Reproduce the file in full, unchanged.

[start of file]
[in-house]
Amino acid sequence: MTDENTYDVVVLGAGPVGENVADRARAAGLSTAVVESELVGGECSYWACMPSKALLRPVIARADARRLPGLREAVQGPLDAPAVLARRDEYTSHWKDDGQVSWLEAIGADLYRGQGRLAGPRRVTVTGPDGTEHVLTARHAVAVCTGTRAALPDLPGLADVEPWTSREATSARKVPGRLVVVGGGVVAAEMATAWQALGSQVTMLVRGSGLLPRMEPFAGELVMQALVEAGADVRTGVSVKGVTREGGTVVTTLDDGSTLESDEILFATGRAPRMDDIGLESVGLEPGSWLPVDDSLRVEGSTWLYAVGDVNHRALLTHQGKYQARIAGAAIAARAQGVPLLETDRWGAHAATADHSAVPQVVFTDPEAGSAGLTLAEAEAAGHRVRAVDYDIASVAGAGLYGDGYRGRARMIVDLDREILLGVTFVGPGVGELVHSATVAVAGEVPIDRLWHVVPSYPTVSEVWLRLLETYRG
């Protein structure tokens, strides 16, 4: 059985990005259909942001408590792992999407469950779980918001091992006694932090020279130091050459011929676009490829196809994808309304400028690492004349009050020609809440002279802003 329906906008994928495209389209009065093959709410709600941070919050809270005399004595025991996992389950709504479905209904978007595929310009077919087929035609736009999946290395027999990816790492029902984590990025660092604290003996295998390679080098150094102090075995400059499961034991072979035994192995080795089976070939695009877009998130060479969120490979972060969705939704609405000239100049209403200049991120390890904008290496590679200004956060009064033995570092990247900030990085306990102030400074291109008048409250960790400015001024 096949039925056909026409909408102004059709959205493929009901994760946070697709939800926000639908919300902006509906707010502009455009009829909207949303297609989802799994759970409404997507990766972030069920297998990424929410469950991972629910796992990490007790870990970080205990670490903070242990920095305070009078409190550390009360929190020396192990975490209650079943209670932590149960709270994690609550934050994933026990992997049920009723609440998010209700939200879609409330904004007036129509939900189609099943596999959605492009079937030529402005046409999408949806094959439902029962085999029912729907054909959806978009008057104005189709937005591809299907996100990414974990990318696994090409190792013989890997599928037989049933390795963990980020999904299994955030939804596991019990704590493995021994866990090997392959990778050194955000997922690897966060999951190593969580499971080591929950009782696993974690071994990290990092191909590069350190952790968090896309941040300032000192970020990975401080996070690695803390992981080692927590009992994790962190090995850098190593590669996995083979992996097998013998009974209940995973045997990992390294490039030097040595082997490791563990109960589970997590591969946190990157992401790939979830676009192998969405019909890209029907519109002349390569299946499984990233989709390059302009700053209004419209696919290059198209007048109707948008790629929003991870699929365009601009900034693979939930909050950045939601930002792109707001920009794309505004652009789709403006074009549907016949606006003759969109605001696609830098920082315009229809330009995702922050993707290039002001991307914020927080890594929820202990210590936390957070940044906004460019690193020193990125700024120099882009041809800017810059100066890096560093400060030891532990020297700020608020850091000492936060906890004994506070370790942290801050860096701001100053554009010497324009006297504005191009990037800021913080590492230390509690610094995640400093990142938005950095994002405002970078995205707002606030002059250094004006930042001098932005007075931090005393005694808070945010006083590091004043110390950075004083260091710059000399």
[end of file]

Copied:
[in-house]
Amino acid sequence: MTDENTYDVVVLGAGPVGENVADRARAAGLSTAVVESELVGGECSYWACMPSKALLRPVIARADARRLPGLREAVQGPLDAPAVLARRDEYTSHWKDDGQVSWLEAIGADLYRGQGRLAGPRRVTVTGPDGTEHVLTARHAVAVCTGTRAALPDLPGLADVEPWTSREATSARKVPGRLVVVGGGVVAAEMATAWQALGSQVTMLVRGSGLLPRMEPFAGELVMQALVEAGADVRTGVSVKGVTREGGTVVTTLDDGSTLESDEILFATGRAPRMDDIGLESVGLEPGSWLPVDDSLRVEGSTWLYAVGDVNHRALLTHQGKYQARIAGAAIAARAQGVPLLETDRWGAHAATADHSAVPQVVFTDPEAGSAGLTLAEAEAAGHRVRAVDYDIASVAGAGLYGDGYRGRARMIVDLDREILLGVTFVGPGVGELVHSATVAVAGEVPIDRLWHVVPSYPTVSEVWLRLLETYRG
């Protein structure tokens, strides 16, 4: 059985990005259909942001408590792992999407469950779980918001091992006694932090020279130091050459011929676009490829196809994808309304400028690492004349009050020609809440002279802003 329906906008994928495209389209009065093959709410709600941070919050809270005399004595025991996992389950709504479905209904978007595929310009077919087929035609736009999946290395027999990816790492029902984590990025660092604290003996295998390679080098150094102090075995400059499961034991072979035994192995080795089976070939695009877009998130060479969120490979972060969705939704609405000239100049209403200049991120390890904008290496590679200004956060009064033995570092990247900030990085306990102030400074291109008048409250960790400015001024 096949039925056909026409909408102004059709959205493929009901994760946070697709939800926000639908919300902006509906707010502009455009009829909207949303297609989802799994759970409404997507990766972030069920297998990424929410469950991972629910796992990490007790870990970080205990670490903070242990920095305070009078409190550390009360929190020396192990975490209650079943209670932590149960709270994690609550934050994933026990992997049920009723609440998010209700939200879609409330904004007036129509939900189609099943596999959605492009079937030529402005046409999408949806094959439902029962085999029912729907054909959806978009008057104005189709937005591809299907996100990414974990990318696994090409190792013989890997599928037989049933390795963990980020999904299994955030939804596991019990704590493995021994866990090997392959990778050194955000997922690897966060999951190593969580499971080591929950009782696993974690071994990290990092191909590069350190952790968090896309941040300032000192970020990975401080996070690695803390992981080692927590009992994790962190090995850098190593590669996995083979992996097998013998009974209940995973045997990992390294490039030097040595082997490791563990109960589970997590591969946190990157992401790939979830676009192998969405019909890209029907519109002349390569299946499984990233989709390059302009700053209004419209696919290059198209007048109707948008790629929003991870699929365009601009900034693979939930909050950045939601930002792109707001920009794309505004652009789709403006074009549907016949606006003759969109605001696609830098920082315009229809330009995702922050993707290039002001991307914020927080890594929820202990210590936390957070940044906004460019690193020193990125700024120099882009041809800017810059100066890096560093400060030891532990020297700020608020850091000492936060906890004994506070370790942290801050860096701001100053554009010497324009006297504005191009990037800021913080590492230390509690610094995640400093990142938005950095994002405002970078995205707002606030002059250094004006930042001098932005007075931090005393005694808070945010006083590091004043110390950075004083260091710059000399």